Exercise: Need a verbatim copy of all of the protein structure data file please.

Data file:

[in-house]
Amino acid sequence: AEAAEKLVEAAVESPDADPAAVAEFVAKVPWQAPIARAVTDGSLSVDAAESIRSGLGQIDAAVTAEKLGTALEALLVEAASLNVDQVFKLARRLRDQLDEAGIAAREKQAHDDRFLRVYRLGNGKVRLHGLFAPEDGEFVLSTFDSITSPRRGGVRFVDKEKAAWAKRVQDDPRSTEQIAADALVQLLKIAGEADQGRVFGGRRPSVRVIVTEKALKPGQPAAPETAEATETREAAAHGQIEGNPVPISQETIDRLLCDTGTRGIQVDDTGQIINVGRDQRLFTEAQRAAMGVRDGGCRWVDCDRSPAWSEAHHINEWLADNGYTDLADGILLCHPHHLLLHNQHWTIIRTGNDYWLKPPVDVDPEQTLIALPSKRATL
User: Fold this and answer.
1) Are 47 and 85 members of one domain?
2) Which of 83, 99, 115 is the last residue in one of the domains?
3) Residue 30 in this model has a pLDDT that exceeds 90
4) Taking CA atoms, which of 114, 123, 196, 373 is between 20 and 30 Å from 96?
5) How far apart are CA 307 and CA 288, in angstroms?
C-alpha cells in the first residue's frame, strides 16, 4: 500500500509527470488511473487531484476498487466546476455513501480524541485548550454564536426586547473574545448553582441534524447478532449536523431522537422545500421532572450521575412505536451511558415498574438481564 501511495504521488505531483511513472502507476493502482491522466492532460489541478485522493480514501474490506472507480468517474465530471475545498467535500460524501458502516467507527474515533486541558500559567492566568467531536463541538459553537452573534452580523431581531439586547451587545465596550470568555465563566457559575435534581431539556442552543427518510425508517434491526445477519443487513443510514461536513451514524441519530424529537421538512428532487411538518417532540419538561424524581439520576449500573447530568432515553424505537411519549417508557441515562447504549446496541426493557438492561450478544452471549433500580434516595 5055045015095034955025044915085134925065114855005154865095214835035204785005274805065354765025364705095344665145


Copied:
[in-house]
Amino acid sequence: AEAAEKLVEAAVESPDADPAAVAEFVAKVPWQAPIARAVTDGSLSVDAAESIRSGLGQIDAAVTAEKLGTALEALLVEAASLNVDQVFKLARRLRDQLDEAGIAAREKQAHDDRFLRVYRLGNGKVRLHGLFAPEDGEFVLSTFDSITSPRRGGVRFVDKEKAAWAKRVQDDPRSTEQIAADALVQLLKIAGEADQGRVFGGRRPSVRVIVTEKALKPGQPAAPETAEATETREAAAHGQIEGNPVPISQETIDRLLCDTGTRGIQVDDTGQIINVGRDQRLFTEAQRAAMGVRDGGCRWVDCDRSPAWSEAHHINEWLADNGYTDLADGILLCHPHHLLLHNQHWTIIRTGNDYWLKPPVDVDPEQTLIALPSKRATL
User: Fold this and answer.
1) Are 47 and 85 members of one domain?
2) Which of 83, 99, 115 is the last residue in one of the domains?
3) Residue 30 in this model has a pLDDT that exceeds 90
4) Taking CA atoms, which of 114, 123, 196, 373 is between 20 and 30 Å from 96?
5) How far apart are CA 307 and CA 288, in angstroms?
C-alpha cells in the first residue's frame, strides 16, 4: 500500500509527470488511473487531484476498487466546476455513501480524541485548550454564536426586547473574545448553582441534524447478532449536523431522537422545500421532572450521575412505536451511558415498574438481564 501511495504521488505531483511513472502507476493502482491522466492532460489541478485522493480514501474490506472507480468517474465530471475545498467535500460524501458502516467507527474515533486541558500559567492566568467531536463541538459553537452573534452580523431581531439586547451587545465596550470568555465563566457559575435534581431539556442552543427518510425508517434491526445477519443487513443510514461536513451514524441519530424529537421538512428532487411538518417532540419538561424524581439520576449500573447530568432515553424505537411519549417508557441515562447504549446496541426493557438492561450478544452471549433500580434516595 5055045015095034955025044915085134925065114855005154865095214835035204785005274805065354765025364705095344665145